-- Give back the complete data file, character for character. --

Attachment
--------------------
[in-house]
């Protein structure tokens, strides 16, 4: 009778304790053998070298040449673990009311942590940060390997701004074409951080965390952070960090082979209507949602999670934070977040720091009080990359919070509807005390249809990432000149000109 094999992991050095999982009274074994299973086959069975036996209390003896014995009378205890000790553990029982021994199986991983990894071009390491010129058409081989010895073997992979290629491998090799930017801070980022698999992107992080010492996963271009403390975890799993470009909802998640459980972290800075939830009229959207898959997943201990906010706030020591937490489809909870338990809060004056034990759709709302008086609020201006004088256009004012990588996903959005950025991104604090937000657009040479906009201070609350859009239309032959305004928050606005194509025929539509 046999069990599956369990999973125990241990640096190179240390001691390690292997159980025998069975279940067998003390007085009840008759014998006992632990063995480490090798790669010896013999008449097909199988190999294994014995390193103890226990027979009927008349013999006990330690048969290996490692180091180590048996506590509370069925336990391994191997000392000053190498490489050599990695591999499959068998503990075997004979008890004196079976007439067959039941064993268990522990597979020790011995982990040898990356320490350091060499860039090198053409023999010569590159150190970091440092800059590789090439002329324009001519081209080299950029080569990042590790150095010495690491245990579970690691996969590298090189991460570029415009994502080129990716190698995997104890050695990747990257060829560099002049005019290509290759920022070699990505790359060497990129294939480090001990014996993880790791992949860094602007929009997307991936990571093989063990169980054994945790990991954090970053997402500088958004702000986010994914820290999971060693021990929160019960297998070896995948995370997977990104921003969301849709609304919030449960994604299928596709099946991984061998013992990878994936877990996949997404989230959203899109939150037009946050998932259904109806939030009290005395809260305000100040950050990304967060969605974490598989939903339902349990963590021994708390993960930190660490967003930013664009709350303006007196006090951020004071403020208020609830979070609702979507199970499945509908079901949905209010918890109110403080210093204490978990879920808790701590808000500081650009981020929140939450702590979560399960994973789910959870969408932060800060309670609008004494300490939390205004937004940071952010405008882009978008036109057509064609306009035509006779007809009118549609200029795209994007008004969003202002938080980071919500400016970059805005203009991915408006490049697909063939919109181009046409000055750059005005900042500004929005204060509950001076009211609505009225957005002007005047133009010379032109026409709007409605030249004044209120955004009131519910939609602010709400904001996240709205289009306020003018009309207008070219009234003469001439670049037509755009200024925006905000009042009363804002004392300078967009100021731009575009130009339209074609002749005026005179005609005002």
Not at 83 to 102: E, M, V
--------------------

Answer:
[in-house]
């Protein structure tokens, strides 16, 4: 009778304790053998070298040449673990009311942590940060390997701004074409951080965390952070960090082979209507949602999670934070977040720091009080990359919070509807005390249809990432000149000109 094999992991050095999982009274074994299973086959069975036996209390003896014995009378205890000790553990029982021994199986991983990894071009390491010129058409081989010895073997992979290629491998090799930017801070980022698999992107992080010492996963271009403390975890799993470009909802998640459980972290800075939830009229959207898959997943201990906010706030020591937490489809909870338990809060004056034990759709709302008086609020201006004088256009004012990588996903959005950025991104604090937000657009040479906009201070609350859009239309032959305004928050606005194509025929539509 046999069990599956369990999973125990241990640096190179240390001691390690292997159980025998069975279940067998003390007085009840008759014998006992632990063995480490090798790669010896013999008449097909199988190999294994014995390193103890226990027979009927008349013999006990330690048969290996490692180091180590048996506590509370069925336990391994191997000392000053190498490489050599990695591999499959068998503990075997004979008890004196079976007439067959039941064993268990522990597979020790011995982990040898990356320490350091060499860039090198053409023999010569590159150190970091440092800059590789090439002329324009001519081209080299950029080569990042590790150095010495690491245990579970690691996969590298090189991460570029415009994502080129990716190698995997104890050695990747990257060829560099002049005019290509290759920022070699990505790359060497990129294939480090001990014996993880790791992949860094602007929009997307991936990571093989063990169980054994945790990991954090970053997402500088958004702000986010994914820290999971060693021990929160019960297998070896995948995370997977990104921003969301849709609304919030449960994604299928596709099946991984061998013992990878994936877990996949997404989230959203899109939150037009946050998932259904109806939030009290005395809260305000100040950050990304967060969605974490598989939903339902349990963590021994708390993960930190660490967003930013664009709350303006007196006090951020004071403020208020609830979070609702979507199970499945509908079901949905209010918890109110403080210093204490978990879920808790701590808000500081650009981020929140939450702590979560399960994973789910959870969408932060800060309670609008004494300490939390205004937004940071952010405008882009978008036109057509064609306009035509006779007809009118549609200029795209994007008004969003202002938080980071919500400016970059805005203009991915408006490049697909063939919109181009046409000055750059005005900042500004929005204060509950001076009211609505009225957005002007005047133009010379032109026409709007409605030249004044209120955004009131519910939609602010709400904001996240709205289009306020003018009309207008070219009234003469001439670049037509755009200024925006905000009042009363804002004392300078967009100021731009575009130009339209074609002749005026005179005609005002």
Not at 83 to 102: E, M, V